PGD Staff code_glitch's Avatar
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    I think I'll have to agree with dj_sharp on that one - synapse and TCP are probably the best way forwards. I've personally played with a few ideas for a data client & server system for use in games and other projects. What worked best for me was to standardize like crazy. And I laid it out like this (first is lowest level, application stuff at the bottom of the list)
    -Common, standard protocol
    -Standard network functions (ie. we send blocks/strings/stuff so that the recieveing command knows what to expect)
    -Protocol encoder (converts the data from the application into packets)
    -Backend (client interface for the client / core server code for the server [think connection management, authorization, protocol negotiation and so on])
    -Custom code.

    As for testing, I run the server on my machine and connect to 127.0.0.1 as dj_sharp suggested. Synapse has some pretty good documentation, but I found the examples most useful IMHO. All that said - I once tried to do all that directly on top of sockets and although I did get it working in the end it was EXTREMELY unreliable and just not nice to use.

    Edit: If you'd like I can PM you the relevant files out of a project of mine (its not open source code yet for a whole bunch of reasons) which is what I use in our ground control software that uses synapse. It isnt the best way to do things but is serviceable.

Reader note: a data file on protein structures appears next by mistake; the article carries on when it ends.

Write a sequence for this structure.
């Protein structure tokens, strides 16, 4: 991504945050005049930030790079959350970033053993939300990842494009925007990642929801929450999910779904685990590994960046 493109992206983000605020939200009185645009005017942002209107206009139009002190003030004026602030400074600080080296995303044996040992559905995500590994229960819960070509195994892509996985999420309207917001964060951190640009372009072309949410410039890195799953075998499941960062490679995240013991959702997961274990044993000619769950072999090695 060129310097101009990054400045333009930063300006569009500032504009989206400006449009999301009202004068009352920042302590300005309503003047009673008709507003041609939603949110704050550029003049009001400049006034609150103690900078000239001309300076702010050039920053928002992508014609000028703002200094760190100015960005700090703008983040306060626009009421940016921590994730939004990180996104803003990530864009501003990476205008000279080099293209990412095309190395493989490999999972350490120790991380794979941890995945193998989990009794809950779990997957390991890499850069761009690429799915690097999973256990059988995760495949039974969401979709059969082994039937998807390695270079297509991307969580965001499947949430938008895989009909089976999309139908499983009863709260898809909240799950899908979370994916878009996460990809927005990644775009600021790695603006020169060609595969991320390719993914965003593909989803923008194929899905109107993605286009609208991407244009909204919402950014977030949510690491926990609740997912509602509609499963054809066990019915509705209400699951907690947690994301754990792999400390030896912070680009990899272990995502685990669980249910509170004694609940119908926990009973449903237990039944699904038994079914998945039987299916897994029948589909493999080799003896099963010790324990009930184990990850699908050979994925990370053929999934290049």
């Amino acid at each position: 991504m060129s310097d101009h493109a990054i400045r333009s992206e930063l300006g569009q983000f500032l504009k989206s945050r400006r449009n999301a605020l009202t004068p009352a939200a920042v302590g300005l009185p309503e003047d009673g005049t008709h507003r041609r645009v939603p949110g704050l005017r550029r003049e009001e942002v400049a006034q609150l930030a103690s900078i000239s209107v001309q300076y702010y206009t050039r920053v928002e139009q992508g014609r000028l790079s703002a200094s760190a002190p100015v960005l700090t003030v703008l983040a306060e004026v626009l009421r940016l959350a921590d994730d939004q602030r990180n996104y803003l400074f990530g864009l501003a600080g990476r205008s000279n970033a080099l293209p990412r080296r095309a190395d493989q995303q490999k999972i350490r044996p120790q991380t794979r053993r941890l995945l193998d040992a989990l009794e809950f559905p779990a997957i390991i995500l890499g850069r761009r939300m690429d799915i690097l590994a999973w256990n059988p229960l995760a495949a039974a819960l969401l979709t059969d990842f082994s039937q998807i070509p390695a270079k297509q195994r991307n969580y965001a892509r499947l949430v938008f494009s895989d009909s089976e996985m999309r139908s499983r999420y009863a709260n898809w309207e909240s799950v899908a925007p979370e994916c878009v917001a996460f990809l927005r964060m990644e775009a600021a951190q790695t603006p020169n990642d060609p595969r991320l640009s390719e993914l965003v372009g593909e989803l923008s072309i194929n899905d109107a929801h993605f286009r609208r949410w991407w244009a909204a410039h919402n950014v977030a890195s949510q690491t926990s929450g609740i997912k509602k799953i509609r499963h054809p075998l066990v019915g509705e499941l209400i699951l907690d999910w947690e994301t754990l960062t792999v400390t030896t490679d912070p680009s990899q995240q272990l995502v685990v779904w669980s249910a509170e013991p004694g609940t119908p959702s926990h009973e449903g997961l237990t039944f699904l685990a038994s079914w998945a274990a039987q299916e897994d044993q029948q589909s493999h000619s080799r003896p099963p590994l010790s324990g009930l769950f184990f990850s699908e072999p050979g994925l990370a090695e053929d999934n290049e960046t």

I once tried to change the world. But they wouldn't give me the source code. Damned evil cunning.

  8. #8
    Quote Originally Posted by dj_sharp View Post
    2.1. In local network any PC has IP address, so if two ppl connected to same home router, either wired or Wi-Fi, they both have IP address in local network, so there should be no problem.
    Every networked PC or device has an IP assigned to it.
    Any two networked PC's that are on the same network can directly comunicate between each other without any problems.
    But if you have two PC's on two different networks then direct comunication between them are not posible without those two networks either being bridged together or data is being routed from one network into another.
    Now due to security reasons most networks are protected by firewals which prevent all information to be routed into it. So in order to comunicate with a PC on such network you need to open (unblock) proper port in firewall for data to get through.

    Quote Originally Posted by dj_sharp View Post